• Highly stricter environmental regulations imposed on the growers by West European countries, in terms of sodium contents that may be discharged by draining the recycled fertigation water to the environment.
  • An increasing demand by the local vegetable consumers to prefer the produce grown by local growers, to the imported one.
  • Relatively high incidence of calcium deficiency in greenhousegrown vegetables at winter time, due to high relative humidity within the tightly closed structures (which is obligatory to avoid heat loss). This calcium deficiency is expressed in tomatoes as BER (blossom-end rot), and leaf scorching, and in cucumbers- as leaf tip-burn and umbrella-leaf.
  • Iron deficiency that takes place under the very pure, high-quality irrigation water (e.g. collected and pooled rainwater) conditions, prevailing in North-Western Europe. The introduction of the high-pressure sodium lamps and the LED lamps, to the regular greenhouses management, has pushed up the light limiting factor, see figure 3. This high intensity light availability to the plants, created the need for ~60% more extensive nutrients inputs, which, in turn, aggravated the mineral discharge, and the calcium- and iron- deficiency problems.
    All these opened the door for the introduction of Prayon's new product, which would be integrated within a new management technology. The new product has actually been exposed already in the last two New Ag International meetings, in New Delhi and Warsaw. It is a polyphosphate- based P-K-Fe fertilizer, branded Micronutri Fe that can completely replace the current application of expensive Fechelates (e.g. EDHA, EDDHA and DTPA).
    Prayon's product is sodiumfree, hence it does not increase the Na+ environmental load, when the fertigation water is discharged to the environment. Also, as the use of chelates is avoided, there is much larger room for fertigation water pH flexibility, and much reduced UV sensitivity, which is a great advantage under recycled fertigation management (UV irradiation of the recycled water is necessary to eliminate water-borne disease infections).
    The polyphosphate ingredient of the product also provides good P and Ca availability to the plants, and ensures scale-, and calcium carbonate- free tubing and water emitters.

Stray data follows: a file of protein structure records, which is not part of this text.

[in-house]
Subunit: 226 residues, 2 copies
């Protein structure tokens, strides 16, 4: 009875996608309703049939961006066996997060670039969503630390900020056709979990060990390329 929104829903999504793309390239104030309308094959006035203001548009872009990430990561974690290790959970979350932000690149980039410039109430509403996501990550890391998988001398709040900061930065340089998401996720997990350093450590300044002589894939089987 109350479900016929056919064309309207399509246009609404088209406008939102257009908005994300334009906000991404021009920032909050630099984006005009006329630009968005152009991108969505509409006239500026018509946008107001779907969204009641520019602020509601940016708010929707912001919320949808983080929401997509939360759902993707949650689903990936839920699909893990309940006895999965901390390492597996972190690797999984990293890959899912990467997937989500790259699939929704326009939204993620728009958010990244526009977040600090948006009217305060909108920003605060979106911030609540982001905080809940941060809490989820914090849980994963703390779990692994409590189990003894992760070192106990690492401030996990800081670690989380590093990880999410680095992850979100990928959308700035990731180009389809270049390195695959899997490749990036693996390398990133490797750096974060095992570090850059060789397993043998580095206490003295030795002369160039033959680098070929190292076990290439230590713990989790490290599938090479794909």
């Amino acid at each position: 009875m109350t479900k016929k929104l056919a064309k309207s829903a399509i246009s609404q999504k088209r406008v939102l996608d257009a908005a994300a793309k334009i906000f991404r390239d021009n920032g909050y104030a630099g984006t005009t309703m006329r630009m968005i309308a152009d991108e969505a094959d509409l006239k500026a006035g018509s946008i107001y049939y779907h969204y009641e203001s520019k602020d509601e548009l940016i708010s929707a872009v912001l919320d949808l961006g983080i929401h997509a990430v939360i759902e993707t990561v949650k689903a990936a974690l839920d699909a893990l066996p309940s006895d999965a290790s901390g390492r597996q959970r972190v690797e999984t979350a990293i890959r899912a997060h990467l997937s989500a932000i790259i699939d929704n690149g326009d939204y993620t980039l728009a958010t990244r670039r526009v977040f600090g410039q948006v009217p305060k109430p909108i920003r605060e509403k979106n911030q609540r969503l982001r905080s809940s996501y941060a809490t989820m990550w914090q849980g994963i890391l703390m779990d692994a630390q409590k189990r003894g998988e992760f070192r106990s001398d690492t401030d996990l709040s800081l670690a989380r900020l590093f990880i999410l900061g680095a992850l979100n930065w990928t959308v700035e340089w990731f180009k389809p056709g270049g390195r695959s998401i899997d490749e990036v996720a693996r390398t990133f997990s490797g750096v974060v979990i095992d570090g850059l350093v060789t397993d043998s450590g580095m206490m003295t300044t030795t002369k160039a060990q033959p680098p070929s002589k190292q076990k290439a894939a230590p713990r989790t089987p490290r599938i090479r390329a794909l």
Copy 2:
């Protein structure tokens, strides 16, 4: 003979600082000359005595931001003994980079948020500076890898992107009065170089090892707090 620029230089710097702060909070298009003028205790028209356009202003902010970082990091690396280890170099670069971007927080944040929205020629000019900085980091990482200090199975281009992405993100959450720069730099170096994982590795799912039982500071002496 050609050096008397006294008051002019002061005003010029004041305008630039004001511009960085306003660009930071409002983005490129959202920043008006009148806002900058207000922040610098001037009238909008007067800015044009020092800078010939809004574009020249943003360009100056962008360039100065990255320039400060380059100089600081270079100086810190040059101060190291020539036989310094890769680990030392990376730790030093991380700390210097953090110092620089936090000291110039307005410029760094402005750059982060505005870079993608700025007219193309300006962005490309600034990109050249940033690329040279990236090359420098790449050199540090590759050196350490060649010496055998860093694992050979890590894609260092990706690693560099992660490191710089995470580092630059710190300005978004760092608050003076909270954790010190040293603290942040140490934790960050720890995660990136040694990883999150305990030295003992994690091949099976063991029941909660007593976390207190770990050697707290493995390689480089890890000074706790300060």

The end-result of the combination of the new management technology, and the new product, was a much longer production season, much earlier planting-, and harvesting- date, a longer picking season, (see figure 3b) and a strong effect on the productivity of the greenhouses.
    For instance, the typical tomatoes output (160 g/unit, on the vine) grew by 50% from 70 kg/m^2 to no less than 105 kg/m^2 (!!!). Naturally, growers' income has risen accordingly.
    Prayon’s next development step is addressing greenhouse growers' needs, by providing a polyphosphate- based product, which, on top of iron will contain also zinc, manganese, copper, boron and molybdenum. This product will simplify fertilizer applications and will significantly reduce the risk of errors during nutrient dosage.

Figure 3: Natural light intensities, augmented by high-pressure sodium, and LED lamps, throughout the year, under North-Western European conditions

Natural light intensities, augmented by high-pressure sodium, and LED lamps

Figure 4: LED lamps placed within the plants' canopy to achieve maximum effectiveness

Figure 4: LED lamps placed within the plants' canopy to achieve maximum effectiveness

4R STEWARDSHIP: ALSO IN MICRONUTRIENT MANAGEMENT

Ms. Fan Hui - Technical sales manager at brandt consolidated4R Nutrient Stewardship is an innovative approach for fertilizer best management practices which considers the economic, social and environmental dimensions of nutrient management.

The concept entails using best management practices to apply the right source of nutrients, at the right rate, at the right time and in the right place (From IFA, March, 2015).

However, we always pay much more attention to the NPK macronutrients, and ignore the micronutrients management which is also necessary and may significantly impact the food production even the environment. This was clearly highlighted by Mrs Fan Hui, Technical Sales Manager at Brandt Consolidated in China. Brandt contributed over 50 years on micronutrients research and development.

The company has developed six generation products from inorganic salts, synthesized chelate, lignosulfonates, glucoheptanate complex, Manniplex and Smart System technology to improve the update efficiency (see figure 5).

The formulas and application programmes are based on the nutrients uptake, crop, soil, climate, agronomic cultivation and economic according to the field trials results in Brandt research farm and growers practice.

Today, 4R principles are practised in the micronutrients management (see figure 6) to achieve cropping system goals while minimizing field nutrient loss and maximizing crop uptake.

Figure 5: The Brandt micronutrient line

Figure 5 : The Brandt micronutrient line

Figure 6: Micronutrient management proposal for Potato in China

Figure 6 - Micronutrient management proposal for Potato in China

BOOSTING RICE YIELD BY FOLIAR FEED AT PRECISE GROWTH STAGES